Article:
It is important to note that, Bangladesh is a country with resource scarcity and challenges of access to just and quality healthcare. Because of the multidimensional challanges brought on by the COVID-19 (snapshot of which is presented above), the impact of the pandemic thus has been two pronged for Bangladesh.
Initial response by NGOs to COVID-19 in Bangladesh
Historically, Bangladesh has had many local and international NGOs to address various development issues. This continued during the pandemic as well. While the Government of Bangladesh responded to the pandemic as early as the middle of March 2020, the local and international NGOs too started responding to the challenges of pandemic within their own capacity. Activities were largely focused on gathering funds, raising awareness and support the poor household by providing food, financial aid, etc. [11, 12]. These responses by the NGOs have largely been focused on their area of work and targeted population rather than an organised effort aimed at strengthening national response.
SAJIDA Foundation (SF) is an NGO in Bangladesh working towards bringing sustainable social and economic changes in the country since 1993 and has been active in addressing the challenges of the pandemic. With experience of implementing multi-faceted programmes, SF designed new programmes and adapted existing ones to cater to the social and economic needs brought about by the pandemic. SF recognized the need to work, not just parallelly but under the government’s stewardship as a response to the pandemic. The objective of this case study was to document the multidimensional response to COVID-19 by SAJIDA Foundation, and understand the philosophy, aspiration and strategy behind the organisation’s response to the pandemic. Given the scarcity of resources, limited capacity of the government and role of NGOs, the findings can be useful in devising organisational strategy for a concerted pandemic response and related mitigation plan in Bangladesh and other relevant LMIC contexts in the future.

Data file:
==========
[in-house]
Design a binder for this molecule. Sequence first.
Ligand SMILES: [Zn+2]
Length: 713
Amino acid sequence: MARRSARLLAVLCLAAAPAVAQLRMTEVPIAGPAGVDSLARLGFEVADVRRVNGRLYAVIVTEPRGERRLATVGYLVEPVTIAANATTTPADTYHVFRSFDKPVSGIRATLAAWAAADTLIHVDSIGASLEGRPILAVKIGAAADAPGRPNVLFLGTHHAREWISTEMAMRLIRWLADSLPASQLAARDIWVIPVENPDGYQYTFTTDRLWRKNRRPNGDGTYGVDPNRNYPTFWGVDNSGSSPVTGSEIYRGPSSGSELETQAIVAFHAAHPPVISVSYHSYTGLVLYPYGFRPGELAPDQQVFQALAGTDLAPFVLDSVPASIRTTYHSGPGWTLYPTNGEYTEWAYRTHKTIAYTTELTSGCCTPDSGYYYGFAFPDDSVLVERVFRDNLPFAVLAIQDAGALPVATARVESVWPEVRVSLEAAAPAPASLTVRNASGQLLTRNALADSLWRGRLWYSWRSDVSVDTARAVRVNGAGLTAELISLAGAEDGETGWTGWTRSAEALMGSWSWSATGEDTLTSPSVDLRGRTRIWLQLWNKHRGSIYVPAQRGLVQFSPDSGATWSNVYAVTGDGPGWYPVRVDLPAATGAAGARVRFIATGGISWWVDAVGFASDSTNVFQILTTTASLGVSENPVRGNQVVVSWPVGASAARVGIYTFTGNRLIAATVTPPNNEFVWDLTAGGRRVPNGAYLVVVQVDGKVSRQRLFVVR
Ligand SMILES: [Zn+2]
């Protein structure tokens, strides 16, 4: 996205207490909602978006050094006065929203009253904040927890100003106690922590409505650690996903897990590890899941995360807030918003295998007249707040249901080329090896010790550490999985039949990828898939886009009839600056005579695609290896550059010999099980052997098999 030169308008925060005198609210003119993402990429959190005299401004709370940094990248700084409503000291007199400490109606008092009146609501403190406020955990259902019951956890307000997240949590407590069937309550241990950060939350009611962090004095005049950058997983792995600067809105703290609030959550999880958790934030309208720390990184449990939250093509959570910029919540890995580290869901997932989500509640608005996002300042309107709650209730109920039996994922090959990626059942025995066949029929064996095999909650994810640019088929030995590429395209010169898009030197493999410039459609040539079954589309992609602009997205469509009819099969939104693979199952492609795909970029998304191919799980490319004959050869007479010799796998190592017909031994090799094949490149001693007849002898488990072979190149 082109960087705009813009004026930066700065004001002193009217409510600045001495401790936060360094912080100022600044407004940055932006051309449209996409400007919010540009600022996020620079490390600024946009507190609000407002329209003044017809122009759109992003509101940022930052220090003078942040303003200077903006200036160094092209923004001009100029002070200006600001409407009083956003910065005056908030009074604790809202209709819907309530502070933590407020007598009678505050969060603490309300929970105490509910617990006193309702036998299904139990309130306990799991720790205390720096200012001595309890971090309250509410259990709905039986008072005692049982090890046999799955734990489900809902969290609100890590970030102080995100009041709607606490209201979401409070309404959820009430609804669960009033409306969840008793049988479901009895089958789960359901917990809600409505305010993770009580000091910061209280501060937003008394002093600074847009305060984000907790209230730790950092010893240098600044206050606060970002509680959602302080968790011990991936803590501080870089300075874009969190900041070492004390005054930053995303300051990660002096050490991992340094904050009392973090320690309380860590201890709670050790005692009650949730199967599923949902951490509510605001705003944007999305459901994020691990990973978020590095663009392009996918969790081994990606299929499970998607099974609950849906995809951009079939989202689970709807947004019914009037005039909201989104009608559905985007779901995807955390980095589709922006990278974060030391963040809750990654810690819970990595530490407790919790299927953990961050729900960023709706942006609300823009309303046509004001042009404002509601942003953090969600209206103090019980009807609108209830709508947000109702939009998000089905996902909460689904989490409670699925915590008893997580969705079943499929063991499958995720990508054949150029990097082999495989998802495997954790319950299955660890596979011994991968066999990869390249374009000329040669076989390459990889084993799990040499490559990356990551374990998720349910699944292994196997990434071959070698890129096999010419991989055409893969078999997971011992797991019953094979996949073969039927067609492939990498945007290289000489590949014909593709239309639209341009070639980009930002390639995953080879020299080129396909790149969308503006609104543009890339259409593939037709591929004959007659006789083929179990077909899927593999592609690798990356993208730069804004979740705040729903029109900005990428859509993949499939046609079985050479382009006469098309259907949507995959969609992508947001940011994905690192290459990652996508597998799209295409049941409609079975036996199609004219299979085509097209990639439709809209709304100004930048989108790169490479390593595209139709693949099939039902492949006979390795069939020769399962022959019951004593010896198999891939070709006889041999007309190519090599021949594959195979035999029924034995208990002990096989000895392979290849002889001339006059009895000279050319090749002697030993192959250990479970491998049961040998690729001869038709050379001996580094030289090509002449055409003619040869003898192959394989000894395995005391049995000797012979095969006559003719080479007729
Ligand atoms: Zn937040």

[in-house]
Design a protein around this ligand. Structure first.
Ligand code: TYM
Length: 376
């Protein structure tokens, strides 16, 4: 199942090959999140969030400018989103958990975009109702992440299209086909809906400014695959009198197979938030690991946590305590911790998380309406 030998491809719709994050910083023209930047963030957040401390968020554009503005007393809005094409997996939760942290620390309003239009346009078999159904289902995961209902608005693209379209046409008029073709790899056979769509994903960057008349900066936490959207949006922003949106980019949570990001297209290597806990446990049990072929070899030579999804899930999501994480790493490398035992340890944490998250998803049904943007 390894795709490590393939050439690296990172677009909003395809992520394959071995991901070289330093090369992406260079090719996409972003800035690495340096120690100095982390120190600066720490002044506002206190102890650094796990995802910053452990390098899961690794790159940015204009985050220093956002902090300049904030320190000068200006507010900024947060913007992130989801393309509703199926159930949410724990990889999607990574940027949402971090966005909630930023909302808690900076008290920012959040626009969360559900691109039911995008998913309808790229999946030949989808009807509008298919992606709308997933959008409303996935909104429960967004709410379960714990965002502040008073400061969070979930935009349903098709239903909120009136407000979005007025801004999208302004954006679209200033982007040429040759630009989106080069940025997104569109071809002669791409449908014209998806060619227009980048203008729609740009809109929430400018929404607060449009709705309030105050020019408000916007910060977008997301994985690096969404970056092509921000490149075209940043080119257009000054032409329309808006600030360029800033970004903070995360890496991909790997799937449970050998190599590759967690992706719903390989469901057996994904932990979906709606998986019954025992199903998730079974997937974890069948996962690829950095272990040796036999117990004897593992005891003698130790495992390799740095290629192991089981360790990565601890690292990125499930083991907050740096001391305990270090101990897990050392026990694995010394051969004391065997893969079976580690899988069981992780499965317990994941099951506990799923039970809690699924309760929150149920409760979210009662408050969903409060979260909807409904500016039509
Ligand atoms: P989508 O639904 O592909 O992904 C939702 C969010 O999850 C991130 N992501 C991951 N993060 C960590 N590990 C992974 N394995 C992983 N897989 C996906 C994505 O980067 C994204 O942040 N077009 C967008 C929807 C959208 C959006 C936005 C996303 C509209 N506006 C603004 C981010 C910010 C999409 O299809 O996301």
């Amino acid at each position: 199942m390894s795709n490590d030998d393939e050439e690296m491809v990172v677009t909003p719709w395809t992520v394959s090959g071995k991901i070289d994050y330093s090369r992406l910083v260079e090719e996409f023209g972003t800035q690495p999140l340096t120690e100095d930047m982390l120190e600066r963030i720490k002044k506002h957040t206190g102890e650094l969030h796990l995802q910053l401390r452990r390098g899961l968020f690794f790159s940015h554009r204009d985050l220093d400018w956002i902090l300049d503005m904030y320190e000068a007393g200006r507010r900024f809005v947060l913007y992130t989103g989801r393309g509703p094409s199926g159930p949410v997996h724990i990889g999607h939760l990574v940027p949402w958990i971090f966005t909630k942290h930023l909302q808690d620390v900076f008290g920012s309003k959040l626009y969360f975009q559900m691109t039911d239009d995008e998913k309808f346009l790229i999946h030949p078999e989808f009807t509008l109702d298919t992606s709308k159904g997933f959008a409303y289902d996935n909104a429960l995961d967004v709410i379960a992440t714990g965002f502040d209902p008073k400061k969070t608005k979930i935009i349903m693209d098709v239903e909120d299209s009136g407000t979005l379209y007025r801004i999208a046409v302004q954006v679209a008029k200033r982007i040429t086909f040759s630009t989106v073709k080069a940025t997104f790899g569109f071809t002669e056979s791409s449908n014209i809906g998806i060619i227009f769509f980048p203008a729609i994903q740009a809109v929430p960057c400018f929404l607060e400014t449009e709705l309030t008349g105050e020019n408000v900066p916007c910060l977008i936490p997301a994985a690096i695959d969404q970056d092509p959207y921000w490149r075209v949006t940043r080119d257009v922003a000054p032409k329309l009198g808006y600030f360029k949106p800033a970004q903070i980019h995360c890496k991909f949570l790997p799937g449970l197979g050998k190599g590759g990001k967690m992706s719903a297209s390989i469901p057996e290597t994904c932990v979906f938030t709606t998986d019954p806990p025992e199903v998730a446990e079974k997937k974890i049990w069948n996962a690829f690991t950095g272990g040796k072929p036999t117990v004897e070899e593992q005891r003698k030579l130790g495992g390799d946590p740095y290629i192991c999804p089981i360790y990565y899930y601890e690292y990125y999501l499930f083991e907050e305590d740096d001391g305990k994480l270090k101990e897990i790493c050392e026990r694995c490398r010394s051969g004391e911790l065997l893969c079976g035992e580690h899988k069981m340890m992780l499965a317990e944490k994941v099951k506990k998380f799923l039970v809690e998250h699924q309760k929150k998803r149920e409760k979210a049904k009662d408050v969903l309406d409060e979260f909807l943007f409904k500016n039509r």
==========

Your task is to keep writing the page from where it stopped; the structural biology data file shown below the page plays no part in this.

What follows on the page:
The chosen design of this study was ‘case study,’ a pragmatic approach to understand explicit and implicit links and pathways of implementation of an event or phenomena as it occurs through blending of multiple methods .
Data collection period, tools and techniques, and study participants
Due to the fast changing response to challenges posed by COVID-19, data collection period of this study was kept focused and short. Data for this study was collected in three steps, from September 01 to November 30, 2021. The first step was to make a list of all activities of SF in relation to its response to COVID-19 over a period of 2020 to 2022. For this, review of related organisational documents (both print and online) (Table 1), and informal discussions with relevant staff was done. During the time of this study, SF was working in two of the bordering districts to set up COVID-19 dedicated medical and ICU wards at the corresponding district hospitals. The second step was to visit two district hospitals, Jashore and Meherpur, to observe how SF was helping in setting up the wards for patients of COVID-19. This helped in understanding how SF was collaborating with the Government of Bangladesh in rendering COVID-19 related healthcare, what and how services were being rendered and response of the community and government staff at the hospital towards SF’s work.